2

For the past few months, I've been working on a similar problem. I only solve the steady-state potential equation for the moment, assuming homogeneous, steady-state ion concentrations. Scaling your equations is going to be a rudimentary preconditioner. I found that I got good results using algebraic multigrid (AMG) for preconditioning instead, since my ...


2

The answer depends very much on what optimization function in MATLAB you're talking about. The base MATLAB system includes a function fminsearch that uses the simplex method (not the simplex method for LP but rather the Nelder-Mead-Lagarias algorithm of the same name.) This method does not make use of derivatives. The functions of the optimization ...


2

If you don't care too much about which $b$ you're working with (say just for linear algebra), then you can use the Method of Manufactured Solutions (MMS) in Linear Algebra much like we differential equations geeks would for our problems to start with a known exact solution, $x^*$, derive a $b$, and then apply your solver to see how decent an $x$ you can ...


2

If you look at the full output of your script, sol has fields ipvt and qtf. Both of these fields come from MINPACK (http://www.netlib.org/minpack/lmdif.f), which is the backend here (https://github.com/scipy/scipy/blob/2526df72e5d4ca8bad6e2f4b3cbdfbc33e805865/scipy/optimize/_root.py#L246; https://docs.scipy.org/doc/scipy-0.19.0/reference/generated/scipy....


2

You're using a backward Euler finite difference time stepping method. This is stable, but only first order accurate, so I suspect explains the discrepancy in the reduction factor. More explicitly, assuming a perfect spatial representation and substituting your initial condition into your difference equation gives $$(1+2\pi^2\Delta t)u^{n+1} = u^n.$$ For a ...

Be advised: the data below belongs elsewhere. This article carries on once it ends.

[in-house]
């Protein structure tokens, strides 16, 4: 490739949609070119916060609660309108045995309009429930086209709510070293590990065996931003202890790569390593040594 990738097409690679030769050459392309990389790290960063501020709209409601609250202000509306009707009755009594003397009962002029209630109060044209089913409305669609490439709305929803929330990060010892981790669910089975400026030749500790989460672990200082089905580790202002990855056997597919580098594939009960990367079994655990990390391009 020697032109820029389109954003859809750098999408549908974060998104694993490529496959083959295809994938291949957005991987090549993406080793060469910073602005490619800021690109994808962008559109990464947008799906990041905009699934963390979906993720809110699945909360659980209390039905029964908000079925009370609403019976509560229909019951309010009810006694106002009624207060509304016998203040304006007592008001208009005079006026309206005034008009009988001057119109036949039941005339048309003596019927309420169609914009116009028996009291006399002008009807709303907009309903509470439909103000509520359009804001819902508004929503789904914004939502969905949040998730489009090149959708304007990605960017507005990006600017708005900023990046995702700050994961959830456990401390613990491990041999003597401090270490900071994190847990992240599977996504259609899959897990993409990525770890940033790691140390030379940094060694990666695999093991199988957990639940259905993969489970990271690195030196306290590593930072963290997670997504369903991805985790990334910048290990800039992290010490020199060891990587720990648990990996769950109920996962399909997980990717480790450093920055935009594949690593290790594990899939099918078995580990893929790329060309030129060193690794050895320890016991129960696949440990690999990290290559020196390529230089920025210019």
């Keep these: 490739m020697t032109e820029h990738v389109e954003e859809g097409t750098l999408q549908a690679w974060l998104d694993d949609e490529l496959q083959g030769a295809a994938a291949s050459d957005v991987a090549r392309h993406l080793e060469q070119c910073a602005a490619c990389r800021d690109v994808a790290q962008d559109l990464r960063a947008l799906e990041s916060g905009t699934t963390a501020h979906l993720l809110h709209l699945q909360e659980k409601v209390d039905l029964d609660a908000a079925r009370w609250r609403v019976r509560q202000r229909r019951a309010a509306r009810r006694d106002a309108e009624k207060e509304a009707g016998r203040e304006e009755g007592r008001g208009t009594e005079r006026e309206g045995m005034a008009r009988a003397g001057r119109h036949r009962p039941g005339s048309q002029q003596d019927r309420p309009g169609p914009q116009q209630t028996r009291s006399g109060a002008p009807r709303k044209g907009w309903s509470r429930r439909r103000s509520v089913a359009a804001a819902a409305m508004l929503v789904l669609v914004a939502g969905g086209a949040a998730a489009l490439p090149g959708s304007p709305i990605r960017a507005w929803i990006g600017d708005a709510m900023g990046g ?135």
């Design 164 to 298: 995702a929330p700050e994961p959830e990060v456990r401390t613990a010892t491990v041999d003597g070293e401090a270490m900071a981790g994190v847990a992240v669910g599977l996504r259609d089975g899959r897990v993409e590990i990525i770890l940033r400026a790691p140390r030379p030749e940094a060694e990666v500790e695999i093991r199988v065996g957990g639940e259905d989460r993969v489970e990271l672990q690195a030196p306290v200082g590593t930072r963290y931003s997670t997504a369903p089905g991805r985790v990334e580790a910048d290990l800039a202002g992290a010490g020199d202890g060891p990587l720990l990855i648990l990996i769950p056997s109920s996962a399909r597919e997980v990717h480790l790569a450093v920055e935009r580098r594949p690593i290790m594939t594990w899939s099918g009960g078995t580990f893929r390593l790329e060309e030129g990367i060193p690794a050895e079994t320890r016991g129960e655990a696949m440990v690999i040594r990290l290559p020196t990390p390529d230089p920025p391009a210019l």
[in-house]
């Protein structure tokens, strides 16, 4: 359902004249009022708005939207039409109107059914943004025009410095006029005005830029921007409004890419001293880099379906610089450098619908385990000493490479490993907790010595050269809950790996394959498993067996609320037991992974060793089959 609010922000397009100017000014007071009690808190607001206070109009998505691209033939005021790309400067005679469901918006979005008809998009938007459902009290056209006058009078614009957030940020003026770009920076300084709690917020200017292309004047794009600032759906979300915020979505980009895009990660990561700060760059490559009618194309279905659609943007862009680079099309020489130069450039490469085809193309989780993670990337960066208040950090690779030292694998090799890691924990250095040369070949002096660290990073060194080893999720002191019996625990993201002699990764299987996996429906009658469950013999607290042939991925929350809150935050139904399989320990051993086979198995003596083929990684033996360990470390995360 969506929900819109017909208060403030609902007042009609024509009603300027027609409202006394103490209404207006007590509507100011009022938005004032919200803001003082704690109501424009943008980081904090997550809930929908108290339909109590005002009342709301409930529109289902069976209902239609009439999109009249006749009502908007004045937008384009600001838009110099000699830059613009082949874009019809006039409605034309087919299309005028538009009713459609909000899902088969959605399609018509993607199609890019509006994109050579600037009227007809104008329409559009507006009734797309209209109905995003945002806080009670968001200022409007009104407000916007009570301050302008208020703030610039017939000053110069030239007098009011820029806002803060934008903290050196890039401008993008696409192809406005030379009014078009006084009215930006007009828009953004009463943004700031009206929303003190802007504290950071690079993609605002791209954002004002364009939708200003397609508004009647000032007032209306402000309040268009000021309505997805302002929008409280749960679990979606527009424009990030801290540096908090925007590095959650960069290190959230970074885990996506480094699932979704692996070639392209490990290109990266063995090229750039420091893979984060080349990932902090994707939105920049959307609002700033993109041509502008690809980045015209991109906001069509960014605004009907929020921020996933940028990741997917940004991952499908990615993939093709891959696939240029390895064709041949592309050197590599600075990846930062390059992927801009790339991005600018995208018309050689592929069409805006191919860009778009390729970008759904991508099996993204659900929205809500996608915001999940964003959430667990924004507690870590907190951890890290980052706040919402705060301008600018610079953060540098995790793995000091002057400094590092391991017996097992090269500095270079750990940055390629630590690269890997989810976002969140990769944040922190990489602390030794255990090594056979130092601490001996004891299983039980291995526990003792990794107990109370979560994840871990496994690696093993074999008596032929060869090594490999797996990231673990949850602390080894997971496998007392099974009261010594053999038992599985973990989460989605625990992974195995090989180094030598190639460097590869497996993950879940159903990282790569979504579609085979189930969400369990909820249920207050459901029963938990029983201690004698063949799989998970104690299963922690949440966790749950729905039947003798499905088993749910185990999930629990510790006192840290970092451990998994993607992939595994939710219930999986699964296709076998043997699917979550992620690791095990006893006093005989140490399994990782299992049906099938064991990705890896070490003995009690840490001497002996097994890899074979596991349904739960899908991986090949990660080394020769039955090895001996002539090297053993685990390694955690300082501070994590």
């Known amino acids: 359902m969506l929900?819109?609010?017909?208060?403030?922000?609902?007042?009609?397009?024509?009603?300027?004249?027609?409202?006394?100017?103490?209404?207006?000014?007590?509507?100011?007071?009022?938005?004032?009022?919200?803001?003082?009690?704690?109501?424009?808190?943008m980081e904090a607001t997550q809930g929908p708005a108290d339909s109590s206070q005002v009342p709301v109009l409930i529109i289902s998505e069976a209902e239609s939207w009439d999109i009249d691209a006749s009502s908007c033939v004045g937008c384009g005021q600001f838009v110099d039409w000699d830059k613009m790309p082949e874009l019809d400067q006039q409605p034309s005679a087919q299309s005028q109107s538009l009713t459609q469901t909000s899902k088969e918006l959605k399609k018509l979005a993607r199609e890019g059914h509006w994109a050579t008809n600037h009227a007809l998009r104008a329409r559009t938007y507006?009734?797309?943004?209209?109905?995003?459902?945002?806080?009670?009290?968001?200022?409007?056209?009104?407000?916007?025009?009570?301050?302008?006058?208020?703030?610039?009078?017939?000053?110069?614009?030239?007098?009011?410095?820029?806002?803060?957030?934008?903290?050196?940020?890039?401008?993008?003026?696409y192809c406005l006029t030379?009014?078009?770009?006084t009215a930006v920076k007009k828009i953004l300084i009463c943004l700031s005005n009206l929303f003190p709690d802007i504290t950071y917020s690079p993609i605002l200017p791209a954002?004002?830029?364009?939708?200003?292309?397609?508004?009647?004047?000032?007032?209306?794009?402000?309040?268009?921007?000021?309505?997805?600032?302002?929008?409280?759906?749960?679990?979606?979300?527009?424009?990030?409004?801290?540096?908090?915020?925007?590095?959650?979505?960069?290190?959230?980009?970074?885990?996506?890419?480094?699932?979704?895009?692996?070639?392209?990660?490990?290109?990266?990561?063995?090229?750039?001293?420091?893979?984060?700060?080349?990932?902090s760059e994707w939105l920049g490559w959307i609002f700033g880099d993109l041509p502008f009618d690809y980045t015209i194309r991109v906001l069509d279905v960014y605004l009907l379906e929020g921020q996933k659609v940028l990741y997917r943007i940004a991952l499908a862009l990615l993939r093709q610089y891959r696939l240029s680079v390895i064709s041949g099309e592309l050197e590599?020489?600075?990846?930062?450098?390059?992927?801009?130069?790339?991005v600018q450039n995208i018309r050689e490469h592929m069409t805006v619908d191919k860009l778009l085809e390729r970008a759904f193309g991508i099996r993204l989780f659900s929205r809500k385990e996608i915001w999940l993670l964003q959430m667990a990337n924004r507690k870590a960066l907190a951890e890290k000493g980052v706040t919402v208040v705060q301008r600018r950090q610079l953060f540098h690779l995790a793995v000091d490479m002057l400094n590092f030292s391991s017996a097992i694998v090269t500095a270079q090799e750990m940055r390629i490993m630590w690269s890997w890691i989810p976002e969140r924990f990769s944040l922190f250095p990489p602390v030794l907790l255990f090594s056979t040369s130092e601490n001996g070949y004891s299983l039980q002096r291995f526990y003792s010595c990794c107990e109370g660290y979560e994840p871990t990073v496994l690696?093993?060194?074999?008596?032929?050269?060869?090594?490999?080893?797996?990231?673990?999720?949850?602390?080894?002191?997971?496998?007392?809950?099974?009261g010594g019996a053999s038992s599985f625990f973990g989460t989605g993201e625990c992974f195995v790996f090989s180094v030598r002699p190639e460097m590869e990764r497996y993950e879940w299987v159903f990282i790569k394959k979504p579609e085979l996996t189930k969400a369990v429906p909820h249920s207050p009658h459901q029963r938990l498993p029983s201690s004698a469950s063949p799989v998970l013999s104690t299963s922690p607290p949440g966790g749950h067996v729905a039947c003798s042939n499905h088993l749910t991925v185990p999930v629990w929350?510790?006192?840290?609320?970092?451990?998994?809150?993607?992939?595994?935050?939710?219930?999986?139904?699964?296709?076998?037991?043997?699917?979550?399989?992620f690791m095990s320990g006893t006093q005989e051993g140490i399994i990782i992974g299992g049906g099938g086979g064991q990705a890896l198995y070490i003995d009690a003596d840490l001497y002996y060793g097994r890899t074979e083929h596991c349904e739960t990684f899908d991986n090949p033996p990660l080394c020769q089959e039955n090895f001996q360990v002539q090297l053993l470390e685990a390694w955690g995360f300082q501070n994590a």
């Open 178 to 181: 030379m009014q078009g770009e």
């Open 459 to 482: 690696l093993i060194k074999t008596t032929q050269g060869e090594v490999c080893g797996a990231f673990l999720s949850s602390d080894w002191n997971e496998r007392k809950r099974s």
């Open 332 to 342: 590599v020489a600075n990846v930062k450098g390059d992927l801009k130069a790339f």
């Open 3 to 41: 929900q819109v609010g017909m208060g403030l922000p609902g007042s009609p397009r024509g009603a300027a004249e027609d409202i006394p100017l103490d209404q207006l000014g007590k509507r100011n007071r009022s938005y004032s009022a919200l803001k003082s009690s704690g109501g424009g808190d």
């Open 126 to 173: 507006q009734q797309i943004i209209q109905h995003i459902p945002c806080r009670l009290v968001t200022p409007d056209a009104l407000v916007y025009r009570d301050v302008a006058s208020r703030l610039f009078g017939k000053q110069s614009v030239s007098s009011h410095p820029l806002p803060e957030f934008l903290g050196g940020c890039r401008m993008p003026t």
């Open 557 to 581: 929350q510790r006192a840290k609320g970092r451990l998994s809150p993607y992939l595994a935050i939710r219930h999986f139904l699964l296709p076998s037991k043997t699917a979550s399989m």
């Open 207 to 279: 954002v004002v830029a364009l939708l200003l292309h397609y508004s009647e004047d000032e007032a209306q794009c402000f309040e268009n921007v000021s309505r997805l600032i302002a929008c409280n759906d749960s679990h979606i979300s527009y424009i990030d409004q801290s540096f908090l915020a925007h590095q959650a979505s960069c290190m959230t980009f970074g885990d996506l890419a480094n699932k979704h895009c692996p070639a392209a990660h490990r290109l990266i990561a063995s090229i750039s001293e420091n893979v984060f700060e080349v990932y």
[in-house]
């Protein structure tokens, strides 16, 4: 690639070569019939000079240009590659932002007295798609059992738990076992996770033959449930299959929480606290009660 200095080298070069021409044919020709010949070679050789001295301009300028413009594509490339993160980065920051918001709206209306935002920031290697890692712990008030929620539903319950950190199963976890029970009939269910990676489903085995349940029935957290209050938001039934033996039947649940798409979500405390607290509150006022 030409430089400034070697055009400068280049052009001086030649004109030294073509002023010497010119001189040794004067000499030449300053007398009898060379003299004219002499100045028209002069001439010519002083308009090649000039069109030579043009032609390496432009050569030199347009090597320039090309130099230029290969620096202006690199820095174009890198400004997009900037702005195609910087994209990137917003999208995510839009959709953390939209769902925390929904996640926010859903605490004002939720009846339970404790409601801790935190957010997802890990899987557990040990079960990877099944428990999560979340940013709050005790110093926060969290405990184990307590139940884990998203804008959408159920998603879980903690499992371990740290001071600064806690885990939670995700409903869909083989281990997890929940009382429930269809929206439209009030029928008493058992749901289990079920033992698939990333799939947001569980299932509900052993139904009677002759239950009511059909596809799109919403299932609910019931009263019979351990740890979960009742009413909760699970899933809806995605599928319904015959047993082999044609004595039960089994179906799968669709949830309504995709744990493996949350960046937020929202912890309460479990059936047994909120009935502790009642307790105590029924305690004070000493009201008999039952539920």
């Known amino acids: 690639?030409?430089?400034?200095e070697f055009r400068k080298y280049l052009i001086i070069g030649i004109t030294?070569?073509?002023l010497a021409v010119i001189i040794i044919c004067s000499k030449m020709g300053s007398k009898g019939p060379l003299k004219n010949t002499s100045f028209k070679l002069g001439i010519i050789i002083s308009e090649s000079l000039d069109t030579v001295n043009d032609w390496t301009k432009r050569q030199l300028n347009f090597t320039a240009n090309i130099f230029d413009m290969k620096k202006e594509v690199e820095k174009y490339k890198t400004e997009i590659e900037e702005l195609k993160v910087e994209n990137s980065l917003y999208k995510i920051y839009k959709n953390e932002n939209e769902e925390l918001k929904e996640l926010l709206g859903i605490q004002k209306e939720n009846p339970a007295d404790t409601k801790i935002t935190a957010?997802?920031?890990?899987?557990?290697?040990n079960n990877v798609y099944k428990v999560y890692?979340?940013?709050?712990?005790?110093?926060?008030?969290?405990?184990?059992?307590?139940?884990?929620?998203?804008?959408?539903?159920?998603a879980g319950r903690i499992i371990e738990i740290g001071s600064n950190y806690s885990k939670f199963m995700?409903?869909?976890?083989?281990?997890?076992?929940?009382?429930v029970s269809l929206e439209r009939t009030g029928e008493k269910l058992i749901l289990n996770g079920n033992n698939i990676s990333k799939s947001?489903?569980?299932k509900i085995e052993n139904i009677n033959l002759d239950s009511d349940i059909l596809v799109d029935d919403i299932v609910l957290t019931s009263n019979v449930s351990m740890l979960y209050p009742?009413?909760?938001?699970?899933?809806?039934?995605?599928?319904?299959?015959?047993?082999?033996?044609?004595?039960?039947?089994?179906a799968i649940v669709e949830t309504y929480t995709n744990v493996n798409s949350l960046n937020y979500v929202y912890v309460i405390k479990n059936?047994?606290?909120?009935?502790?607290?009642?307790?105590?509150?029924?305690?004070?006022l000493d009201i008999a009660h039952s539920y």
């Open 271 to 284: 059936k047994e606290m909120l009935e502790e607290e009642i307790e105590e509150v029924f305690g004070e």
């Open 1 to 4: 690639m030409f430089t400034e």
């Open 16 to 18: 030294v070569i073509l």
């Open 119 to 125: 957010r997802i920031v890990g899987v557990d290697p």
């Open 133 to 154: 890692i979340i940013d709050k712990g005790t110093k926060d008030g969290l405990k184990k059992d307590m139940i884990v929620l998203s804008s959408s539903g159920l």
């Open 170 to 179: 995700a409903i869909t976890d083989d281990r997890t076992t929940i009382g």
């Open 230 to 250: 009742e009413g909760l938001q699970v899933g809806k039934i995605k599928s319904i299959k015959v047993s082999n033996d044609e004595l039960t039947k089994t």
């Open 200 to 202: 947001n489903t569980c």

2

It seems that the Jacobian ratio is defined as the ratio between the maximum and minimum Jacobian determinant in an element [1, 2]. And, that a value between 0.33333 and 1 is good-enough [3]. Nevertheless, for linear elements, the Jacobian is constant and thus the same over each element. As mentioned by @GustavoCosta, 3 descriptors commonly used for element ...


2

Taking $x_0 = 0$, we have that $x_1 \in <M^{-1}b>$. For the next iteration, we get $x_2 \in <M^{-1}b, M^{-1}AM^{-1}b>$. For the next iteration, we get $x_3 \in <M^{-1}b, (M^{-1}A)^2M^{-1}b>$. Continuing this argument, you will eventually find that $x_k \in \mathcal{K}_k(M^{-1}A,M^{-1}b)$. This space can also be described as $Mx_k \in \...


2

You can arrive at the Jacobian analytically it just takes a few steps So assuming we have our typical FE field values: $$ u_i = \sum_j \phi^j u_i^j $$ Where $i$ represents coordinate direction, $\phi$ our shape function, and $j$ index to DOF. Start with our stabilization parameter, assuming you are using Euclidian norm: $$ \tau = \sqrt{\alpha \lVert u \...